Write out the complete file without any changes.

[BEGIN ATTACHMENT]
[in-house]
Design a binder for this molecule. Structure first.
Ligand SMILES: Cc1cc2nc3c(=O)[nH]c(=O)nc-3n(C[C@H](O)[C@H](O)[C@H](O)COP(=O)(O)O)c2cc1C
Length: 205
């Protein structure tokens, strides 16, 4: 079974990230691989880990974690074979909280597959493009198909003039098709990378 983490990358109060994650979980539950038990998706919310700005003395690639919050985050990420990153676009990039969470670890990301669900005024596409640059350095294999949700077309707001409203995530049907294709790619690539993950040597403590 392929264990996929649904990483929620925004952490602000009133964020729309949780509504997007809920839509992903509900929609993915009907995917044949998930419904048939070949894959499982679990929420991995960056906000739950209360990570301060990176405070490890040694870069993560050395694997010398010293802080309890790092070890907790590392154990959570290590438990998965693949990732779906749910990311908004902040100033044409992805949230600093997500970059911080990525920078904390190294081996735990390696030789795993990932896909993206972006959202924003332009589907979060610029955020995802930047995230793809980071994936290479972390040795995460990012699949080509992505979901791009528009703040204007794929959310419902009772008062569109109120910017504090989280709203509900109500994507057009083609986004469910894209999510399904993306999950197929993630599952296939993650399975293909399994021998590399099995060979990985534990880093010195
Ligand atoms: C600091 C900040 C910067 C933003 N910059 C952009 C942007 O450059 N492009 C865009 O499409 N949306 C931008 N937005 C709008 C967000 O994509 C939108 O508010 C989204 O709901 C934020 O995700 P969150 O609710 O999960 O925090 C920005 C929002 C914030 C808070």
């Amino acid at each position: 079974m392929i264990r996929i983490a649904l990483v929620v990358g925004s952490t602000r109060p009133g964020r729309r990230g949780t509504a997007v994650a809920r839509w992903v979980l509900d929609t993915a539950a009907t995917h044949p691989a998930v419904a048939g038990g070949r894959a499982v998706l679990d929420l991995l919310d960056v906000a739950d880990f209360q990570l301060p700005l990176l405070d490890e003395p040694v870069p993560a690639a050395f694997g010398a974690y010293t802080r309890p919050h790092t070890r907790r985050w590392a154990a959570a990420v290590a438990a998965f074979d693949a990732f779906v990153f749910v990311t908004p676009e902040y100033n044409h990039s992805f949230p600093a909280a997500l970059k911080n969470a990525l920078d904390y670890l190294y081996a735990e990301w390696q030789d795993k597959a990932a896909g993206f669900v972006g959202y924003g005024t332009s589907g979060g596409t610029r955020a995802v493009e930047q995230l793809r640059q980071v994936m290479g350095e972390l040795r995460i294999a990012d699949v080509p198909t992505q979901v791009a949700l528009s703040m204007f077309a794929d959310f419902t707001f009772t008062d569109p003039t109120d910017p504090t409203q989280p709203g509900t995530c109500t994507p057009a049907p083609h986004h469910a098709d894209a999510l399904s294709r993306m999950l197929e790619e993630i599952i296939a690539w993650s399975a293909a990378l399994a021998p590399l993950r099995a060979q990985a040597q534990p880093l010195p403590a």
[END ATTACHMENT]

[in-house]
Design a binder for this molecule. Structure first.
Ligand SMILES: Cc1cc2nc3c(=O)[nH]c(=O)nc-3n(C[C@H](O)[C@H](O)[C@H](O)COP(=O)(O)O)c2cc1C
Length: 205
């Protein structure tokens, strides 16, 4: 079974990230691989880990974690074979909280597959493009198909003039098709990378 983490990358109060994650979980539950038990998706919310700005003395690639919050985050990420990153676009990039969470670890990301669900005024596409640059350095294999949700077309707001409203995530049907294709790619690539993950040597403590 392929264990996929649904990483929620925004952490602000009133964020729309949780509504997007809920839509992903509900929609993915009907995917044949998930419904048939070949894959499982679990929420991995960056906000739950209360990570301060990176405070490890040694870069993560050395694997010398010293802080309890790092070890907790590392154990959570290590438990998965693949990732779906749910990311908004902040100033044409992805949230600093997500970059911080990525920078904390190294081996735990390696030789795993990932896909993206972006959202924003332009589907979060610029955020995802930047995230793809980071994936290479972390040795995460990012699949080509992505979901791009528009703040204007794929959310419902009772008062569109109120910017504090989280709203509900109500994507057009083609986004469910894209999510399904993306999950197929993630599952296939993650399975293909399994021998590399099995060979990985534990880093010195
Ligand atoms: C600091 C900040 C910067 C933003 N910059 C952009 C942007 O450059 N492009 C865009 O499409 N949306 C931008 N937005 C709008 C967000 O994509 C939108 O508010 C989204 O709901 C934020 O995700 P969150 O609710 O999960 O925090 C920005 C929002 C914030 C808070």
């Amino acid at each position: 079974m392929i264990r996929i983490a649904l990483v929620v990358g925004s952490t602000r109060p009133g964020r729309r990230g949780t509504a997007v994650a809920r839509w992903v979980l509900d929609t993915a539950a009907t995917h044949p691989a998930v419904a048939g038990g070949r894959a499982v998706l679990d929420l991995l919310d960056v906000a739950d880990f209360q990570l301060p700005l990176l405070d490890e003395p040694v870069p993560a690639a050395f694997g010398a974690y010293t802080r309890p919050h790092t070890r907790r985050w590392a154990a959570a990420v290590a438990a998965f074979d693949a990732f779906v990153f749910v990311t908004p676009e902040y100033n044409h990039s992805f949230p600093a909280a997500l970059k911080n969470a990525l920078d904390y670890l190294y081996a735990e990301w390696q030789d795993k597959a990932a896909g993206f669900v972006g959202y924003g005024t332009s589907g979060g596409t610029r955020a995802v493009e930047q995230l793809r640059q980071v994936m290479g350095e972390l040795r995460i294999a990012d699949v080509p198909t992505q979901v791009a949700l528009s703040m204007f077309a794929d959310f419902t707001f009772t008062d569109p003039t109120d910017p504090t409203q989280p709203g509900t995530c109500t994507p057009a049907p083609h986004h469910a098709d894209a999510l399904s294709r993306m999950l197929e790619e993630i599952i296939a690539w993650s399975a293909a990378l399994a021998p590399l993950r099995a060979q990985a040597q534990p880093l010195p403590a």